Vikings settle with Kluwe, agree to donate to LGBT charities

Posted on 20 Aug 2014 at 5:49pm
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Chris Kluwe

The Minnesota Vikings professional football team have reached an agreement with former punter Chris Kluwe in which the team officials have agreed to donate an undisclosed sum of money to five LGBT rights-related charities over the next five years, according to Associated Press reports, including this one from West Hawaii Today. Two of those charities are The Matthew Shepard Foundation and You Can Play Project.

Kluwe said he gets no money in the settlement agreement.

Kluwe had threatened to sue the team, saying he was unfairly released by the team last year because of his outspoken support for marriage equality. He also claimed that special teams coordinator Michael Priefer made anti-gay comments and tried to agitate him with homophobic language. The Vikings last month issued a 29-page report summarizing their investigation into Kluwe’s claims, saying they found no merit in his claim that he was unfairly released from the team. The report did acknowledge that Priefer did make anti-gay comments. He was suspended for three games and ordered  to undergo sensitivity training.

Kluwe’s attorney, Clayton Halunen, said that the amount of money the Vikings will be donating won’t be disclosed due to a confidentiality agreement. But, he said, it represents “a substantial commitment to LGBT causes.”

Kluwe said, “This will help a lot of people that really do need that help,” adding that he is convinced the Vikings and owners Zygi and Mark Wilf are committed to the cause, and committed to being leaders on this issue in the NFL.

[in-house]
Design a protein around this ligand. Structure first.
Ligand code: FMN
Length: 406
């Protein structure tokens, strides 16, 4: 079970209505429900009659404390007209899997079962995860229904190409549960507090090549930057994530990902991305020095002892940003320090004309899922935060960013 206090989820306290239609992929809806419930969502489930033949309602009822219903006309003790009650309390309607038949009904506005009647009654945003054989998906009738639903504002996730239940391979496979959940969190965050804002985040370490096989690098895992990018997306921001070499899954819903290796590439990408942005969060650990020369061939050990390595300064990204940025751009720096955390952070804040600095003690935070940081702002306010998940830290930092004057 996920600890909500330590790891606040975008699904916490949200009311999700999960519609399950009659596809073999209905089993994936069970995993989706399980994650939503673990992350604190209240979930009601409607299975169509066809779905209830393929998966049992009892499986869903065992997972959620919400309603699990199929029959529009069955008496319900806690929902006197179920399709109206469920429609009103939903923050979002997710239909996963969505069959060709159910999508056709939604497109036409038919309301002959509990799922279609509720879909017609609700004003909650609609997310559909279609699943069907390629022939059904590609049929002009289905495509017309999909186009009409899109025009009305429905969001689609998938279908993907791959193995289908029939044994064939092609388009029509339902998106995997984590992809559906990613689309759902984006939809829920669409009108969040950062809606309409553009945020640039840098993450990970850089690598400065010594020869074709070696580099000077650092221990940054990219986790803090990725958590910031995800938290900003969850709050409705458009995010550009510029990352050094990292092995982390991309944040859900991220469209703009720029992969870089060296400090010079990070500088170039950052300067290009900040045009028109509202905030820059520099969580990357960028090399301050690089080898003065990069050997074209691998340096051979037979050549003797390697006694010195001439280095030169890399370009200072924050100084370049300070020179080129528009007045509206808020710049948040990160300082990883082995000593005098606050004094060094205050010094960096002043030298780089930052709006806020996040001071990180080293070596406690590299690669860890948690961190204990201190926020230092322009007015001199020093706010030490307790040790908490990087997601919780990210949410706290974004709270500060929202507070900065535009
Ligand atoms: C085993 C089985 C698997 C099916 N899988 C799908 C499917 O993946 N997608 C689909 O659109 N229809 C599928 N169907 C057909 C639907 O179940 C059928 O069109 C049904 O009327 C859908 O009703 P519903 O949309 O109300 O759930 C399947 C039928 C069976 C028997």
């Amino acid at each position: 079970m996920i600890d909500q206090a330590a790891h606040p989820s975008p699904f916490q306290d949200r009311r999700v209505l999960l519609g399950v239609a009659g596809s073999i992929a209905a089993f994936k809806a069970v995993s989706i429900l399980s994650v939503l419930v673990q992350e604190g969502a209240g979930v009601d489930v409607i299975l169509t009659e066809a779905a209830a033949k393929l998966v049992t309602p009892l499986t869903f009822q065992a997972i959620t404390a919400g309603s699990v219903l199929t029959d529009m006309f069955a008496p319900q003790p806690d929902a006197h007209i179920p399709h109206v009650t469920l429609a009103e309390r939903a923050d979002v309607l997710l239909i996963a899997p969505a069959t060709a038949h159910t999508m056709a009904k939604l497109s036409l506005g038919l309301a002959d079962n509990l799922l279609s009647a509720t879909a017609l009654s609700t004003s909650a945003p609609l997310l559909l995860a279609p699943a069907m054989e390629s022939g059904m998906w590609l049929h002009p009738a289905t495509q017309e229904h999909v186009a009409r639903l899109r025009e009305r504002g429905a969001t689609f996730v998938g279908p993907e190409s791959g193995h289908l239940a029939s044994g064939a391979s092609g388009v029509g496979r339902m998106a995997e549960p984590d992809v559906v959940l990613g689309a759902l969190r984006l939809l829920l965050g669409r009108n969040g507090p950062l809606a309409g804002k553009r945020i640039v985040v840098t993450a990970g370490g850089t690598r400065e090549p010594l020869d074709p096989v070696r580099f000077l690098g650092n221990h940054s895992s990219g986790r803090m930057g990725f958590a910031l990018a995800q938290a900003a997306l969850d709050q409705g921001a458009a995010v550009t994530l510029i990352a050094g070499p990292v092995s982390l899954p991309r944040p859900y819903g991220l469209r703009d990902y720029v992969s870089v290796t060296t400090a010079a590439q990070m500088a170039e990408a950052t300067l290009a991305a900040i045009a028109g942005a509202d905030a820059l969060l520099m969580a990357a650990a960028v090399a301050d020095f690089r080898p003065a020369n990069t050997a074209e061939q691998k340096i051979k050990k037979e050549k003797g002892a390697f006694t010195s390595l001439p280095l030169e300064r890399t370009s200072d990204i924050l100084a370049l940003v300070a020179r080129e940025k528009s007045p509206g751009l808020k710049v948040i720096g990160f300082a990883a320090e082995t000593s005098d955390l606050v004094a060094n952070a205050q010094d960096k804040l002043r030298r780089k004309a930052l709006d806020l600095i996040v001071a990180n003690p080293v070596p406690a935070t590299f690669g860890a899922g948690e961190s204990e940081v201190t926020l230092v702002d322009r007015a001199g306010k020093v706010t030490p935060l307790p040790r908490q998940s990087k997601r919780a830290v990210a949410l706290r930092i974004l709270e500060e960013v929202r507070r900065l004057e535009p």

The Vikings said in a statement that the deal resolves all issues related to Kluwe’s departure from the team and his accusations that a coach made anti-gay comments. Zygi Wilf said he wished Kluwe the best and that the team’s “focus remains on maintaining a culture of tolerance, inclusion and respect, and creating the best workplace environment for our players, coaches and staff.”

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Fayetteville, Ark. passes LGBT nondiscrimination ordinance

Posted on 20 Aug 2014 at 3:40pm

map_of_fayetteville_arEarly Wednesday morning the Fayetteville, Ark. City Council voted 6-2 to approve a measure protecting LGBT residents and visitors from discrimination in public facilities, housing and employment. It also creates a civil rights administrative position, according to NWO.

The city is the first in Arkansas to add such protections. At the state level, Arkansas does not protect people from discrimination based on sexual orientation, gender identity or expression.

The ordinance was not without its detractors.

BuzzFeed reports that Michelle Duggar of TV’s Nineteen Kids and Counting, a prominent backer of anti-LGBT Republican presidential candidate and former Sen. Rick Santorum (Penn.), blasted a robocall alleging that the ordinance would “allow men — yes I said men — to use women’s and girls’ restrooms, locker rooms, showers, sleeping areas and other areas that are designated for females only.”